Bioethics Medicine Religion

Brain death and fundamentalist religion, revisited

Yesterday, I wrote about the sad case of Motl Brody, a 12-year-old Orthodox Jew whose brain tumor had rendered him brain dead and whose parents are fighting the efforts of the hospital to disconnect him from the ventilator and to stop all the powerful cardiac drugs that are keeping his heart beating and his blood pressure high enough because their religion tells them that death is defined by cessation of heartbeat and breathing. They do not accept the concept of brain death, even though they do accept that their child will never recover.

Yale neurologist and all-around skeptical guru Steve Novella has weighed in. Definitely worth a read.

By Orac

Orac is the nom de blog of a humble surgeon/scientist who has an ego just big enough to delude himself that someone, somewhere might actually give a rodent's posterior about his copious verbal meanderings, but just barely small enough to admit to himself that few probably will. That surgeon is otherwise known as David Gorski.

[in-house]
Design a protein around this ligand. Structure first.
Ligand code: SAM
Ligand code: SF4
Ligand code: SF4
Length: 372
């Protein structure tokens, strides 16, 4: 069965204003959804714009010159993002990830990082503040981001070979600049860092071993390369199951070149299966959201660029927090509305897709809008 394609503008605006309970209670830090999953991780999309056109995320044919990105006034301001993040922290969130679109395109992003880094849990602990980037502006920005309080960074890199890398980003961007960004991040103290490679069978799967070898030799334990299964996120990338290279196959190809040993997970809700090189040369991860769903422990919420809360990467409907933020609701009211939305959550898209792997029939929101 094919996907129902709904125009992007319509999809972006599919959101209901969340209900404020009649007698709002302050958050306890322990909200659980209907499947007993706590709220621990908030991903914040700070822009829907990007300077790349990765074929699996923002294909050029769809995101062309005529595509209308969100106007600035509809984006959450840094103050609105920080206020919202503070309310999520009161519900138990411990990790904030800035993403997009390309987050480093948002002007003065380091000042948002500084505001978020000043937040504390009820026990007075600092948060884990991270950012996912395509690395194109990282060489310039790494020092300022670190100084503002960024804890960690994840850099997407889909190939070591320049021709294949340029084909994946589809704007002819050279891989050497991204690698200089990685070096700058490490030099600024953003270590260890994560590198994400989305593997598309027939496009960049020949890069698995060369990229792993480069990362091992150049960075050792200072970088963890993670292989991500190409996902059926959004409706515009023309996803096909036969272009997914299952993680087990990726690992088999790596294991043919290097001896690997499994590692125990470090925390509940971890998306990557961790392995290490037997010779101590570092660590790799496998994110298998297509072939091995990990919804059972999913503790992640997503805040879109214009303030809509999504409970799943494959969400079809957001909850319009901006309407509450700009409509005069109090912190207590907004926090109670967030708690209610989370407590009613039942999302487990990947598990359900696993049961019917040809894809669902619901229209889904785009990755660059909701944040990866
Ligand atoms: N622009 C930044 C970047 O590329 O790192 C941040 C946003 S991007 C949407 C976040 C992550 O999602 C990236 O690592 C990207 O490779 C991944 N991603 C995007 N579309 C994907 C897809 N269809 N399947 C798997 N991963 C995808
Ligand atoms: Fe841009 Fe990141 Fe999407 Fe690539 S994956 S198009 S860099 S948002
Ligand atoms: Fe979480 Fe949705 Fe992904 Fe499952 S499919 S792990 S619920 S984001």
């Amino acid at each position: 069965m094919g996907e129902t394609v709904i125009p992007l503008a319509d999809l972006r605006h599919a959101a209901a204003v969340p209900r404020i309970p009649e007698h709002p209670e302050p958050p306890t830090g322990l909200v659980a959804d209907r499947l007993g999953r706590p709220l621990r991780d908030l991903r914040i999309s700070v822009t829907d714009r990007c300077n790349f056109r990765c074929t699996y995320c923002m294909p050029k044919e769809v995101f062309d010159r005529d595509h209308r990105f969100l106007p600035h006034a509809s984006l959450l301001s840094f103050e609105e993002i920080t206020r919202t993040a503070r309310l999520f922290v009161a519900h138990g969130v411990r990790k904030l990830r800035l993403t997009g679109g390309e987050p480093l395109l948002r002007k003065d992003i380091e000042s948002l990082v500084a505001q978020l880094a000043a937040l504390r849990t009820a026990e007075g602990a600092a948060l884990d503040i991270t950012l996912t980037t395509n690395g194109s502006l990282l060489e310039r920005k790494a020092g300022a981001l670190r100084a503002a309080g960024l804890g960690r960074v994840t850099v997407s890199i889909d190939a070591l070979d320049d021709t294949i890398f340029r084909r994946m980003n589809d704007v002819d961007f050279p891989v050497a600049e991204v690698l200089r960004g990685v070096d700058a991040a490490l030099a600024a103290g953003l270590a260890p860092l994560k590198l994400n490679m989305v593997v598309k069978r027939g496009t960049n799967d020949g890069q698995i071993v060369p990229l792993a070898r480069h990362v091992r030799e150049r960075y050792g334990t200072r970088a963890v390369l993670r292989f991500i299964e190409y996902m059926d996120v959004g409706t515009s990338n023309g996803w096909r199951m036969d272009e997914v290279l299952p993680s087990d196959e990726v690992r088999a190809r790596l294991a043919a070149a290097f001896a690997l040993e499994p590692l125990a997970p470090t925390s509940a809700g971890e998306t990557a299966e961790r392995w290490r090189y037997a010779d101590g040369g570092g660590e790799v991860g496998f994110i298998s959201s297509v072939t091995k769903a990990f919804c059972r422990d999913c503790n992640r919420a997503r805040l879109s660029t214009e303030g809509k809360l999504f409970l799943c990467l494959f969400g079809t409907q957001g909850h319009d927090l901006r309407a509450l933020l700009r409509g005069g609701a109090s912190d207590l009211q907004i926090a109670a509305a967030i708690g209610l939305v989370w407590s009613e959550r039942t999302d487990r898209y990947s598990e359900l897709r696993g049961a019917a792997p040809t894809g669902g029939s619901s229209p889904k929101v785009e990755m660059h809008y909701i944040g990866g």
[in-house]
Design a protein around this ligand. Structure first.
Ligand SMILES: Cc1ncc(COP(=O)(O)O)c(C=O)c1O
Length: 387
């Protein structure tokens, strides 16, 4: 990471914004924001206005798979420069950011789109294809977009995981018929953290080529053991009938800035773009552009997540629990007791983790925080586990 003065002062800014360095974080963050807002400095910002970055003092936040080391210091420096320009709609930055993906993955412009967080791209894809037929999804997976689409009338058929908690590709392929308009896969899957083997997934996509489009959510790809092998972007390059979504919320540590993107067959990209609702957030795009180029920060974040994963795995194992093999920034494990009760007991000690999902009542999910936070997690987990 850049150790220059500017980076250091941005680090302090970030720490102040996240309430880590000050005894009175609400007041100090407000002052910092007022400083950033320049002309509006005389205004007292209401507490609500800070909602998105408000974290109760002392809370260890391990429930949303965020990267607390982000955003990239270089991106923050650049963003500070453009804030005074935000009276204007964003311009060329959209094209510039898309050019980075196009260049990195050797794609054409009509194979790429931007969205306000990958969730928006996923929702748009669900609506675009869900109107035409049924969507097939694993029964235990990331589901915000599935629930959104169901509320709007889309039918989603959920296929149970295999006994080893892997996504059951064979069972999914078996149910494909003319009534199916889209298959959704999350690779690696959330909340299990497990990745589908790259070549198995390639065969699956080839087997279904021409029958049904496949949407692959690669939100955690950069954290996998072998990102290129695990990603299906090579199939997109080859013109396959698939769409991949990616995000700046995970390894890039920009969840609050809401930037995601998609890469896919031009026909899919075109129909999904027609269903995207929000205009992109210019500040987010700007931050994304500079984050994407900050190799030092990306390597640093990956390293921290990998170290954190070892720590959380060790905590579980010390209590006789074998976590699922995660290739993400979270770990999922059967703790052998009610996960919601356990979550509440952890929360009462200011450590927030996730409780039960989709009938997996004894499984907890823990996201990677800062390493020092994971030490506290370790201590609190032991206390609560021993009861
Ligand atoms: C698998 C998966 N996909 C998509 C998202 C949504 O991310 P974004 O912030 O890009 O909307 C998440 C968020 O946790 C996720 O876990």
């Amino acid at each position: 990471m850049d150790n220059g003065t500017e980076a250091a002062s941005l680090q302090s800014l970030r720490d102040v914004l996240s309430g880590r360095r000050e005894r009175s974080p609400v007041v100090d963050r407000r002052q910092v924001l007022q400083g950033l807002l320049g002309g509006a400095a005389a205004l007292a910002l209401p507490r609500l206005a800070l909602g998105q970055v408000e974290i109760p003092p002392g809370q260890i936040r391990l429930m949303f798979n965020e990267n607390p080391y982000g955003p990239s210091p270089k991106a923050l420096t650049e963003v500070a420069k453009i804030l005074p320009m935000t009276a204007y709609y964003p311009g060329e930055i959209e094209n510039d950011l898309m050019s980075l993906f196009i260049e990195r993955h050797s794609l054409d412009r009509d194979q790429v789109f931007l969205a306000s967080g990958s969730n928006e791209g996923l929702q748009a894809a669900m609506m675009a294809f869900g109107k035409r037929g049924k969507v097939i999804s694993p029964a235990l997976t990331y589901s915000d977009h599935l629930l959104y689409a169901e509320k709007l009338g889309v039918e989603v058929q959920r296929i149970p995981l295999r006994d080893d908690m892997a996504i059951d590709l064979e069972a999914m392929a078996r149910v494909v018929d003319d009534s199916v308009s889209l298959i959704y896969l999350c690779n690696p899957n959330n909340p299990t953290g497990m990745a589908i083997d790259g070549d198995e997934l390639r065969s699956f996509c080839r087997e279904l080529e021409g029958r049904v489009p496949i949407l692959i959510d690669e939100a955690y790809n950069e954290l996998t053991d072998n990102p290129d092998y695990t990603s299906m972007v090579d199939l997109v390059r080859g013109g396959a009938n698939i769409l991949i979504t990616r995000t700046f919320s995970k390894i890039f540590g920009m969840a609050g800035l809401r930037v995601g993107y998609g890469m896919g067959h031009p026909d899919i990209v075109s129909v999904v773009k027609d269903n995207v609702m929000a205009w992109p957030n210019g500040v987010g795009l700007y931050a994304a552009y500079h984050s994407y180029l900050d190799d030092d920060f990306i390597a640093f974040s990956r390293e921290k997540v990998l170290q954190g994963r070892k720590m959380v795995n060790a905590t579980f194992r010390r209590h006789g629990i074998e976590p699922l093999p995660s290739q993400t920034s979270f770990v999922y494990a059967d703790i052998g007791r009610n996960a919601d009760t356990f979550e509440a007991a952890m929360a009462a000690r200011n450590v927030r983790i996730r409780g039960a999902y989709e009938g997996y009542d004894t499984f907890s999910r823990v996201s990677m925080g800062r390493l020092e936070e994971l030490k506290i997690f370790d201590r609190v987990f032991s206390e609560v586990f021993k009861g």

That this particular surgeon has chosen his nom de blog based on a rather cranky and arrogant computer shaped like a clear box of blinking lights that he originally encountered when he became a fan of a 35 year old British SF television show whose special effects were renowned for their BBC/Doctor Who-style low budget look, but whose stories nonetheless resulted in some of the best, most innovative science fiction ever televised, should tell you nearly all that you need to know about Orac. (That, and the length of the preceding sentence.)

DISCLAIMER:: The various written meanderings here are the opinions of Orac and Orac alone, written on his own time. They should never be construed as representing the opinions of any other person or entity, especially Orac's cancer center, department of surgery, medical school, or university. Also note that Orac is nonpartisan; he is more than willing to criticize the statements of anyone, regardless of of political leanings, if that anyone advocates pseudoscience or quackery. Finally, medical commentary is not to be construed in any way as medical advice.

To contact Orac: [email protected]

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